To note: The Battleship Missouri Memorial is currently closed due to COVID restrictions, but you can take a virtual tour here.

The Pearl Harbor Aviation Museum allows guests to explore historical aircraft housed in two hangars on Ford Island. General admission covers access to more than fifty aircraft and all exhibits with free guided audio (available in multiple languages).

Ford Island’s 4-mile loop trail offers insight into lesser-known historical moments, which include plaques for clarification. Along this trail, accessible with base access onto Ford Island, guests can see bullet strafing, the CPO neighborhood that sat adjacent to the attack zone, the original Bachelor Officers Quarters and buildings, and the USS Oklahoma and USS Utah Memorials. 

Hickam Field

Located adjacent to Pearl Harbor, Hickam Field served as the principal airfield and bomber base in 1941. From the National Park Service on the morning of December 7th:

“At Hickam Field, Japanese Zero fighters and Val dive-bombers strafed and bombed the fight line and hangars, concentrating on the B-17 bombers. The 12 U.S. B-17s arrived unarmed and low on fuel during the attack. Most succeeded in landing at Hickam where they were attacked on the ground. The second wave of the Japanese attack struck Hickam at 8:40am and by 9:45 the attack was over. Nearly half of the airplanes at Hickam Field had been destroyed or severely damaged. The hangars, the Hawaiian Air Depot, several base facilities–the fire station, the chapel and the guardhouse–had been hit. The big barracks had been repeatedly strafed and bombed and a portion of the building was on fire. Thirty-five men were killed when a bomb hit the mess hall during breakfast. Hickam’s casualties totaled 121 men killed, 274 wounded and 37 missing.”

Residents who lived on Hickam Field at the time of the attacks recall blackouts on the base and hearing bullets bounce off the roof. Today, Hickam is home to the headquarters of the Pacific Air Force and features many of the buildings that were standing in 1941.

Wheeler Army Airfield

Exiting Joint Base Pearl Harbor-Hickam, hop on H2 North toward Wahiawa, where Wheeler Army Airfield is located. Wheeler Field was a primary target for the Japanese in 1941, as they hoped to prevent planes from getting airborne. While many of hte planes that were parked at Wheeler were destroyed in the attacks, twelve pilots managed to get P-36 Hawk and P-40 Warhawk aircrafts off the ground and engaged Japanese pilots. After WWII, Wheeler Army Airfield became a National Historic Landmark for the role it played during the war.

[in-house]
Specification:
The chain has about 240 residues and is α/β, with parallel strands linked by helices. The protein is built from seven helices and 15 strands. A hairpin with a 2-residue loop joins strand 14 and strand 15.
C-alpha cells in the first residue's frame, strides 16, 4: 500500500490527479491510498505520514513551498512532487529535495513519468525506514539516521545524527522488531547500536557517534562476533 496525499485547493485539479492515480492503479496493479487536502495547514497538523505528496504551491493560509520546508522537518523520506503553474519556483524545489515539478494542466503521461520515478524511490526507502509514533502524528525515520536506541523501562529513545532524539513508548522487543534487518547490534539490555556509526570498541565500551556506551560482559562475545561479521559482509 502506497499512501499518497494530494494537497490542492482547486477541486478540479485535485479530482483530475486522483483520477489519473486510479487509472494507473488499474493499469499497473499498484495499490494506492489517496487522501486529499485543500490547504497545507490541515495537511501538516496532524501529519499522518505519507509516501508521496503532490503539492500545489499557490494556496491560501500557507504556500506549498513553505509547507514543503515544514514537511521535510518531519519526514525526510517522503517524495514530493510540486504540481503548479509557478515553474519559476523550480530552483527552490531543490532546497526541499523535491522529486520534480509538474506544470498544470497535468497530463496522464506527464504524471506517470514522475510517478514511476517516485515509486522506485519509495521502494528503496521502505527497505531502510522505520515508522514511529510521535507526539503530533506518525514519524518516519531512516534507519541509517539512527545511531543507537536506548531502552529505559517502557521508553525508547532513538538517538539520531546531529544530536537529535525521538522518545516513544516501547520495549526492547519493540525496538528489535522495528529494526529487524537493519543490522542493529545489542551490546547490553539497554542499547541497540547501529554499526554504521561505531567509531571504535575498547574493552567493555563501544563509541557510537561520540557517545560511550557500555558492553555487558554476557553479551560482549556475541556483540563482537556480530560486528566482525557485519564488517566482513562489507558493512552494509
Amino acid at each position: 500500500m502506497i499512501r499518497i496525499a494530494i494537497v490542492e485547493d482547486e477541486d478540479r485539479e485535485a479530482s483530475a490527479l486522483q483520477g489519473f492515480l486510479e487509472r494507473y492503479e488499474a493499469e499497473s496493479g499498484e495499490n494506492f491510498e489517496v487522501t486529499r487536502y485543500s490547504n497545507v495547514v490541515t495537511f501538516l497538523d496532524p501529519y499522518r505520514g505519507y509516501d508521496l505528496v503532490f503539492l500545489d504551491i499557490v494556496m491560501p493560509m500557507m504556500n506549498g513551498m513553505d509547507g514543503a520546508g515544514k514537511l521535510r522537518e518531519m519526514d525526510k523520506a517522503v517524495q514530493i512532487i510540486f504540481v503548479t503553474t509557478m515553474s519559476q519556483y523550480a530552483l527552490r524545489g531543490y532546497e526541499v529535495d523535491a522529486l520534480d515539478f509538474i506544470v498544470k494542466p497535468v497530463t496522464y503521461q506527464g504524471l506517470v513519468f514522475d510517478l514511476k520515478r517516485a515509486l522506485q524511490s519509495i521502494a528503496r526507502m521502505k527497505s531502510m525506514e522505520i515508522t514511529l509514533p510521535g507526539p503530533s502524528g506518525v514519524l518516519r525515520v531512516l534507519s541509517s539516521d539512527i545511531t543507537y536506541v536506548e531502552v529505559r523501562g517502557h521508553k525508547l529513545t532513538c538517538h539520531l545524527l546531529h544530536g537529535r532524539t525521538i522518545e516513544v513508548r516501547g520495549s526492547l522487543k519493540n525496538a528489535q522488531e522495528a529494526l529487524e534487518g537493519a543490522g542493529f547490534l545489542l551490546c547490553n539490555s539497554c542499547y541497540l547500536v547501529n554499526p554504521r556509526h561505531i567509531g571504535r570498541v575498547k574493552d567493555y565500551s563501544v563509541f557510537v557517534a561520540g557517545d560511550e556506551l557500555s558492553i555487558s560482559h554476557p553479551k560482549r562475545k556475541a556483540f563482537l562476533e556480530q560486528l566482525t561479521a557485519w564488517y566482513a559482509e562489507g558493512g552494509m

Today, the airfield is accessible with valid military identification and features restored buildings and planes as they would have looked the day of the attacks.

MIGHTY HISTORY

The first Asian American to command a U.S. battalion

Young Oak Kim was born in Los Angeles, California in 1919. He was raised with a strong Korean cultural identity instilled in him by his father, a strong opponent to the Japanese occupation of Korea. After high school, Kim attended Los Angeles City College for a year. However, he dropped out to work and support the family. Racial discrimination against Asians prevented him from holding any one job for too long.

George H.W. Bush’s overlooked legacy in space exploration
Kim (left) as a junior officer in Italy (U.S. Army)

In 1940, as war loomed on the horizon, that same discrimination prevented Kim from enlisting. However, after Congress passed a law including Asian Americans in the draft, Kim was drafted into the Army. He entered the service on January 31, 1941.

Kim served for half a year as an Army engineer before he was selected for Infantry Officer Candidate School. He graduated the school at Fort Benning, Georgia in January 1943. Afterwards, he was assigned to the 100th Infantry Battalion, a unit of Japanese Americans from Hawaii. Fearing racial tensions between Japanese Americans and a Korean American, Kim’s commander offered him a transfer to a different unit. “There [are] no Japanese nor Korean here,” Kim responded. “We’re all Americans and we’re fighting for the same cause.” His sentiment of patriotism was a constant throughout his life.